People may disagree with me, but I truly believe that swimming has REALLY helped me become a better runner. Until I started really picking up my swimming in August, I had issues with my breathing (especially breath control) while running. Swimming has forced me to establish a rhythm and as a result, I do not struggle nearly as much. I am able to exert myself more and maintain an even breathing pattern.
What made this training plan my favorite is the variety that I had. I looked forward to 99% of my runs and never once felt burnt out. I had the same enthusiasm and drive on Day 1 as I had on Day 50 all the way to Race Day. This is not to say that I had a couple of low energy weeks (because I did), but I never felt mentally burnt out.
On Race Day, the weather was less than favorable. I had trained in the cold, rain, heat, wind, and humidity to prepare for any race conditions, but weather last Saturday was a different beast. I have never ran in humidity like that and I do not regret for a second pulling back on my pace. I still had a fun race. It may not have gotten the outcome that I had trained for, but I still had a good experience!
Weather aside (and I know that I can not blame everything on the weather), I do believe that I could have hit my time goal. While I did not hit all of my tempo or long run paces during training, I was within a couple seconds if I did miss them. I was physically and mentally prepared and I knew that this method had worked for others.
Now that the race is behind me, I am looking forward to my next race. I have taken this week as a Zero Week (no running until Sunday) and have cross-trained all week. It might be a little bit of an overkill, but as I said at the beginning of the post, I am injury prone, and I like to err on the side of caution.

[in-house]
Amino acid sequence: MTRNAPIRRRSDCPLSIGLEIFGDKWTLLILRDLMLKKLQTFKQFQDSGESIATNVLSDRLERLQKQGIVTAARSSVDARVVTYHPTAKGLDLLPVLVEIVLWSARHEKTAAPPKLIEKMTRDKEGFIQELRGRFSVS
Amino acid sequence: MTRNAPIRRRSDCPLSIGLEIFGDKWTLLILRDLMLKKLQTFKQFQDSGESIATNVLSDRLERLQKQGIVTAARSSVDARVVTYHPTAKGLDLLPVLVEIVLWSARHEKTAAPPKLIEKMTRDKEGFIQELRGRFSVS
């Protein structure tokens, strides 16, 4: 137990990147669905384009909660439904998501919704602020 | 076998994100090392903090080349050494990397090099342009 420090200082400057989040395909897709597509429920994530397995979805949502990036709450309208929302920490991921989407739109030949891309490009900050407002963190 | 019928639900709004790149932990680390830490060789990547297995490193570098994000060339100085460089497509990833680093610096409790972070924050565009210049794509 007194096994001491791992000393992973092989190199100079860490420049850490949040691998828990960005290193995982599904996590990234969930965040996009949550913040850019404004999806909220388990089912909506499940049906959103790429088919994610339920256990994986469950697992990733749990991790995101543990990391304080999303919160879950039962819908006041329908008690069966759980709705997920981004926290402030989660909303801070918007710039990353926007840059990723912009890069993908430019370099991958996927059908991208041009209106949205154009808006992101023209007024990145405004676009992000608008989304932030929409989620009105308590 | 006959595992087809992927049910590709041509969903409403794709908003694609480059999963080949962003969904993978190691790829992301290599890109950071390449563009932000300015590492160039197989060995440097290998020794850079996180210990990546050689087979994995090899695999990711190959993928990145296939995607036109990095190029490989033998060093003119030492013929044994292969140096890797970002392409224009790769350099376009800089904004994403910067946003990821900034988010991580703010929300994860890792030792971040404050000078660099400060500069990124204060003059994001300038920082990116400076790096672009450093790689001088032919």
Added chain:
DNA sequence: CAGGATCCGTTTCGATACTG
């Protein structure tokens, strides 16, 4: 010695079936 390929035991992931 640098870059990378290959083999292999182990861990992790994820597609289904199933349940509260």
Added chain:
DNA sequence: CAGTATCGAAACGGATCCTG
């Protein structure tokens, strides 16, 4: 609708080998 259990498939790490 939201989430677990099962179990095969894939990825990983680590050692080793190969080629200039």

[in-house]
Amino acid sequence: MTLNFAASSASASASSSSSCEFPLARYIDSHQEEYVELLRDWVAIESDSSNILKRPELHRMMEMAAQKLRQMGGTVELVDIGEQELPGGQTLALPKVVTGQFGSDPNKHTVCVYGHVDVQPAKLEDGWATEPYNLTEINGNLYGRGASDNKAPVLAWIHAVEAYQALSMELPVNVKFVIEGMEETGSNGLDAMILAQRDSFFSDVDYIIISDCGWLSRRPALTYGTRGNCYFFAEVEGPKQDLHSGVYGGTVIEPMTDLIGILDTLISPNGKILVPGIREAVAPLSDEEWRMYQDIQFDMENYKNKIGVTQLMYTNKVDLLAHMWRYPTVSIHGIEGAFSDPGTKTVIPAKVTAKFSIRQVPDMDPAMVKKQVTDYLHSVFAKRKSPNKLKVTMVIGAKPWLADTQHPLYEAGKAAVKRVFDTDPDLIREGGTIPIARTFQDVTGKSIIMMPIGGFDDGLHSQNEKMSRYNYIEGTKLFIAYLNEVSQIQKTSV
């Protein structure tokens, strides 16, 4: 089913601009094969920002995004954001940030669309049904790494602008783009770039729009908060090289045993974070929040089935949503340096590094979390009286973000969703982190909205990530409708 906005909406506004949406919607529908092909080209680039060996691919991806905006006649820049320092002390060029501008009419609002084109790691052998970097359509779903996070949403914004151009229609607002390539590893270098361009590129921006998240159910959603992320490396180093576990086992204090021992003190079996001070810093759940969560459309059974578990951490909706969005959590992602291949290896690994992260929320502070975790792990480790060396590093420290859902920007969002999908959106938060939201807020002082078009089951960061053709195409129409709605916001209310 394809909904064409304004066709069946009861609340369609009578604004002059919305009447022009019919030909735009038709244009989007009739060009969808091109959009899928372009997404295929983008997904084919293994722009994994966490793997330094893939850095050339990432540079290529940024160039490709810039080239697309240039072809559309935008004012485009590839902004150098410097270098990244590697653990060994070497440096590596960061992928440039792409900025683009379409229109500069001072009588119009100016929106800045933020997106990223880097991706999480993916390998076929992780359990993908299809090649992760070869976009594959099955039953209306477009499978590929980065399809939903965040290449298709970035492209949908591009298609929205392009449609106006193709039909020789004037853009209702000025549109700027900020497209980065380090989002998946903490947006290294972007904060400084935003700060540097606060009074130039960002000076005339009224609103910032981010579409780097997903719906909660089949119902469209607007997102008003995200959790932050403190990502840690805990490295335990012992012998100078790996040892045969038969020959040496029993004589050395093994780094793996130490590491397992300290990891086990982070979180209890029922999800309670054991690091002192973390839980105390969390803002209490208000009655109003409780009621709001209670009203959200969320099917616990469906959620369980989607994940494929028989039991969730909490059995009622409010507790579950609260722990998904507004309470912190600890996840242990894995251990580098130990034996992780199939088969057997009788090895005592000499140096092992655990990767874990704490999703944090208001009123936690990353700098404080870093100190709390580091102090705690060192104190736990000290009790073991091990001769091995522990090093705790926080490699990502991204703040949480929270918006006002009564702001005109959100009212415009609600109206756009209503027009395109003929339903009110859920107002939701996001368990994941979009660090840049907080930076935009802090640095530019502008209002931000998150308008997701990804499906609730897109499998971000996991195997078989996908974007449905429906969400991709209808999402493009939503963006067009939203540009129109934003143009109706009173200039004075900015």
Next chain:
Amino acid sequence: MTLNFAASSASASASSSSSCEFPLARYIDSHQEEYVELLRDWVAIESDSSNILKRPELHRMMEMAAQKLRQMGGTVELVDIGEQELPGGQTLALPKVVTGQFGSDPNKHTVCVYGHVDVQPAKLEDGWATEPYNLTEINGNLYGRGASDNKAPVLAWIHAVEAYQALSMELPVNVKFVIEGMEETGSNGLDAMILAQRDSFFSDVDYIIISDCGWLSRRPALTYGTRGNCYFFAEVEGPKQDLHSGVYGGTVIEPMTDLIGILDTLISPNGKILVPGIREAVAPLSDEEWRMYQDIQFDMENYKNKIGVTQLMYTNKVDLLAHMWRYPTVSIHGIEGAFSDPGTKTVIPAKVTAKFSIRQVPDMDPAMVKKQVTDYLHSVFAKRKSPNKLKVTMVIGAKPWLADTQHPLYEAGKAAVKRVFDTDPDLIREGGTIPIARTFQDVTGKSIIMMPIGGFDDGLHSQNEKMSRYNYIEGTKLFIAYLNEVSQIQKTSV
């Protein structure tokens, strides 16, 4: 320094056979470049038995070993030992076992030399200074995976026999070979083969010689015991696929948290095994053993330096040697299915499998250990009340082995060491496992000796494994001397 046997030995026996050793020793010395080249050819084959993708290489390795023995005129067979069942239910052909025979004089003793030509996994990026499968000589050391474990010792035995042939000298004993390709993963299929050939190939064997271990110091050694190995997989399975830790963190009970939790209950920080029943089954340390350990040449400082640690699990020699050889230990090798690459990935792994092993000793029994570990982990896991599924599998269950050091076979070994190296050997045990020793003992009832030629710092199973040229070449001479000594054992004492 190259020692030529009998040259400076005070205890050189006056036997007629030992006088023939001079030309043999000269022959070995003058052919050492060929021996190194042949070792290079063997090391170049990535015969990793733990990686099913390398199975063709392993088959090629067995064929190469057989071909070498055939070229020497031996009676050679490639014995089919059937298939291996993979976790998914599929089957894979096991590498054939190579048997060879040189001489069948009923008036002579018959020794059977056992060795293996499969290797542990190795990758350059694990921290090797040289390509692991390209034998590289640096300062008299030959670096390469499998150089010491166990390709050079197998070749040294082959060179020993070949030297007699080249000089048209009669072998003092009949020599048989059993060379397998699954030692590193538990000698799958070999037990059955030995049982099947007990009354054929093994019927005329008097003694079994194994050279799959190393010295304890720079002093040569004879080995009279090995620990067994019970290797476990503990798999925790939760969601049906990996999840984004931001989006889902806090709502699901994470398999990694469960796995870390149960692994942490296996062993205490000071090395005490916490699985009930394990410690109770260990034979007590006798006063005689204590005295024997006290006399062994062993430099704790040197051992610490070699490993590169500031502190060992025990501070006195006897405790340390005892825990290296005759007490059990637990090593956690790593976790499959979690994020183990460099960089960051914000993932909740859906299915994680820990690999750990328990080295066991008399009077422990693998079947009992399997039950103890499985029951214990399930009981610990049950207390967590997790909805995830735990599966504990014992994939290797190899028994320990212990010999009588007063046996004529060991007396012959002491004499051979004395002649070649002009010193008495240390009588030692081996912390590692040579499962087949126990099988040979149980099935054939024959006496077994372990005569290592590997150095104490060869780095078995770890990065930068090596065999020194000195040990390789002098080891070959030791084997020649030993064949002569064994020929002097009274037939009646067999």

Next week I will be back running, but not going for any specific pace. If my legs want to go fast, I will let them but if they want to go slow, I am not going to push them.
On Monday, January 28th, it is GAME ON for my next half-marathon; Rock ‘n’ Roll USA in Washington, DC on March 16th. Not only has this race been on my bucket list for a few years, but it is also the first race that I am running for charity. I will be running as a SoleMate for Girls on the Run- DC. I have pledged to raise $500 and will be trying to find some fun ways to raise money, so stay tuned!
I will spend seven weeks regaining speed, fine-tuning, and doing everything that I can to hit my ultimate time goal. I quite possibly may be going into this training with even more determination and drive!
On a final note, I wanted to shift back to Disney to close this long post out. I ran some numbers on my finish for this year’s race. This is not meant to brag, but it is interesting to me:
- Out of 23,125 total finishers, I came in 6,018 place or the top 26% overall.
- Out of 13,127 total female finishers, I came in 2,266 place or the top 17% of women.
- Out of 1,242 total female finishers 18-24, I came in 234 place or the top 19% in my age group.
Numbers are just numbers and will fade with time. However, the most important thing was the journey leading to the race… and that I got my smile back at the finish line.